As government reports of cases of Covid-19 show rises to levels similar to what they were at the beginning of the pandemic, Chancellor Rishi Sunak has been forced to think again on his assurance that furlough will not be extended further than October 31st. Whilst this scheme is still set to finish on this date, he has instead extended the Job Support Scheme to help pay salaries for companies that are forced to close. 

 

‘Britain risks an unemployment crisis greater than we have seen in decades…’’

Annalise Dodds, Labour Shadow chancellor

 

Case levels are rising and local lockdowns are being implemented, and many businesses are expected to close again in order to counter the curb. Employees and companies, who have already been through alot over the last six months, are currently left in a furlough limbo. Many are questioning the levels of support they are receiving, leading to searching questions for those who may need to reskill to find future employment. 

In this latest development, trying to answer the question of what to do next is increasingly impossible for many. Fresh restrictions mean another decline back into full lockdown and a raft of redundancies for businesses who haven’t had the time or notice to prepare. Who could blame anyone for looking for another way out? A new career is the only option for many. One of our tutors, Jimmy Adkins, had some advice for those facing job losses,

 

"Anybody who's lost their job... my advice is don't be afraid. With hard work and the right training... you can do anything that you want."

Jimmy Adkins, Access Training Academies Tutor speaking on ITV Tonight

 

With jobs in jeopardy, what individuals need are alternative options: a flexible route into one of the few stable careers still viable and accessible in this climate. At Access Training we are seeing many people making the move into getting a trade - we’ve been continually training people ever since the pandemic began, and for 17 years previously - we never closed, and have given people the impetus for fresh starts, new careers, trade qualifications, and most importantly, a brighter future. These things could be awaiting you, if you decide to train and fill the often advertised skills gap in the trades.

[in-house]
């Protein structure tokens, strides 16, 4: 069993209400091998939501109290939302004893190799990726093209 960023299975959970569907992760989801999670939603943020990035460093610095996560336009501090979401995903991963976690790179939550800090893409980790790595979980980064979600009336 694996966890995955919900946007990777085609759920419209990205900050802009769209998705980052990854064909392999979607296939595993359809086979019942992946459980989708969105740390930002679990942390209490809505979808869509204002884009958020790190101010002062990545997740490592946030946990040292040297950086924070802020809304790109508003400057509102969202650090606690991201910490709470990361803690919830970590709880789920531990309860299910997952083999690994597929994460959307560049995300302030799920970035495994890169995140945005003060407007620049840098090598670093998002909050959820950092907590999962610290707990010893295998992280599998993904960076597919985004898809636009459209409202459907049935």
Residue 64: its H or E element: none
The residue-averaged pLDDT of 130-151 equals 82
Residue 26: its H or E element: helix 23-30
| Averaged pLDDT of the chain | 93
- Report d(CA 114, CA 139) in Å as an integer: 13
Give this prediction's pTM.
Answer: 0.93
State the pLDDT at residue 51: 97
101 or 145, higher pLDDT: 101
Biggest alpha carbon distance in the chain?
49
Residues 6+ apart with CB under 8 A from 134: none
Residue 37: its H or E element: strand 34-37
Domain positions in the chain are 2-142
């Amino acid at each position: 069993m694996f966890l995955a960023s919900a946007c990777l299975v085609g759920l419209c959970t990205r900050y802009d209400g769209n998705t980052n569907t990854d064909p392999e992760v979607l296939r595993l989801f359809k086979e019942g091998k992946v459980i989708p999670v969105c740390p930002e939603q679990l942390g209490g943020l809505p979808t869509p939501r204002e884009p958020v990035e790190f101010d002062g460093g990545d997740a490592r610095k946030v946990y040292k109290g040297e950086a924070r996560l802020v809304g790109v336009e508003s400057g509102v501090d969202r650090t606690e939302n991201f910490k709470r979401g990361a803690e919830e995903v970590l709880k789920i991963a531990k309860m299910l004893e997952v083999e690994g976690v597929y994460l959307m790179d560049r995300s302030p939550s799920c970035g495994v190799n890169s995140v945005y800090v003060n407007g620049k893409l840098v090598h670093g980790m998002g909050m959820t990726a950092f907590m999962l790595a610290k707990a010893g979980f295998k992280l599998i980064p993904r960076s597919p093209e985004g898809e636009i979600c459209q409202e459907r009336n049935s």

Whatever your course of choice – whether it’s a plumbing course, a carpentry course, an electrical course, or any course within construction – Access Training can provide a route out of a seemingly unending series of reports about redundancies and job uncertainties. The construction industry is seeing an unprecedented upturn in demand, and people are needed to fill that demand. Enquire about starting a course with us today.


Learn your trade. Get qualified. Make it happen.

In a couple of weeks, the furlough scheme is coming to an end and economists are predicting that what began as a safety net for millions of people, will still result in mass redundancies. But there are reports that construction businesses are expanding due to demand which is great news for those changing careers and getting a trade.